Albert Sabin October 26, 1934 Autograph Letter Signed. Seven pages, 5" x 8", London; October 26, 1934. He writes to Sylvia to discuss his enthusiasm with the breakthrough in his research and his excitement over his appointment to the Rockefeller Institute. It reads in part: "...I have forgotten entirely about myself. For I have become absorbed in a bit of research which has consumed and still is consuming my entire being - every waking and sleeping thought and feeling. When I first conceived the idea I trembled when I visualized all the possibilities - first as a conquest over ignorance and then as an application to practical medicine and public health. For in it I saw a possible tool for checking and investigating epidemics of many different kinds and the ecstasy I felt at the very prospect of possibly being directly responsible for saving even a single child from the horrors of infantile paralysis...I say that ecstasy is indescribable and as a source of happiness unsurpassed. Then the campaign of experiments and tests - slow, tedious, methodical, - physically incapable of keeping pace with my burning, almost tormenting imagination. But already much of ignorance is conquered, and the practical application at which my whole being glowed, appears to be within my very grasp..."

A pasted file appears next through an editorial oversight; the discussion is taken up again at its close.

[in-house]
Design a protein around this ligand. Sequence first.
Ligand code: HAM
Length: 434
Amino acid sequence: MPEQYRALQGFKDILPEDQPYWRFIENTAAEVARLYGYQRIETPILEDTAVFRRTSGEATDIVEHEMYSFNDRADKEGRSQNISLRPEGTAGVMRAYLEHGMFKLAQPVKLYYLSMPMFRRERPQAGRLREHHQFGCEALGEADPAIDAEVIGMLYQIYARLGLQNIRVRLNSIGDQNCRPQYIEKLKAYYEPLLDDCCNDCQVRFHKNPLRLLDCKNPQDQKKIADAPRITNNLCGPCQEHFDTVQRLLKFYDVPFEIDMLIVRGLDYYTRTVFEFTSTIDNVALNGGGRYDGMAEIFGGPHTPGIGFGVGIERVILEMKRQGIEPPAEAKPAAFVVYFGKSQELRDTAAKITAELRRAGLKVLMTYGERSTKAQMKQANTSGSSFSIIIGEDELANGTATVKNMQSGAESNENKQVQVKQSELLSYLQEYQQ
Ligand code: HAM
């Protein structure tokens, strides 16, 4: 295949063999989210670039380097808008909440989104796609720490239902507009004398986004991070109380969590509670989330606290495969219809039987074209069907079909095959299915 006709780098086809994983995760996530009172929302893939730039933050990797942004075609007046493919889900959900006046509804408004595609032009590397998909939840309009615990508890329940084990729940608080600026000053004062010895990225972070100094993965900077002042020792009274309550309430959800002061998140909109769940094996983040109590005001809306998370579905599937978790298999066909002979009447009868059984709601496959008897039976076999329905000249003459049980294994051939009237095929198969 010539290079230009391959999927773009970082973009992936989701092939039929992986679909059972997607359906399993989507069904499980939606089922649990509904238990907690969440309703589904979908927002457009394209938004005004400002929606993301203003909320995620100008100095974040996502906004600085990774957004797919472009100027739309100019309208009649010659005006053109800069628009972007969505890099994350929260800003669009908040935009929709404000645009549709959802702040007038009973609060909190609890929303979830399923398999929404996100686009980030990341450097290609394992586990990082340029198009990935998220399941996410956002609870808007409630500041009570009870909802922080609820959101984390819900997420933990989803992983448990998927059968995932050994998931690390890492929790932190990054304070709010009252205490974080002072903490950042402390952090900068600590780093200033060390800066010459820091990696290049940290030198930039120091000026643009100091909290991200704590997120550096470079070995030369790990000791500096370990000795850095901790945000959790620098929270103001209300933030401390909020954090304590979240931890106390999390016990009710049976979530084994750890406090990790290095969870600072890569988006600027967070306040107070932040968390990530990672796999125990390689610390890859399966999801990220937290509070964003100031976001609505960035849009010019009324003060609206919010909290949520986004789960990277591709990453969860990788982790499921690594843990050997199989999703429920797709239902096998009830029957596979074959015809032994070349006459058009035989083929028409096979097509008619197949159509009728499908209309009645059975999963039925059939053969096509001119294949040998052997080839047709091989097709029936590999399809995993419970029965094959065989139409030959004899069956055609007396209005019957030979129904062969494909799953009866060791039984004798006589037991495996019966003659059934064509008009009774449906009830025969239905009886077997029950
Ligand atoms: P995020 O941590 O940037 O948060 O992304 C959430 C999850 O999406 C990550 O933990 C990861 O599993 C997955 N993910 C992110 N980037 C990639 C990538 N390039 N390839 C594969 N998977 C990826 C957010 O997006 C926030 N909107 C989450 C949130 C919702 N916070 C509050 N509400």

Condition: A few instances of light toning along the edges. The letter from December 10, 1931 has some light edgewear and one very small area of soiling on the first page. The January 26, 1932 letter has some soiling along the right margin that extends through that letter. Overall, very good.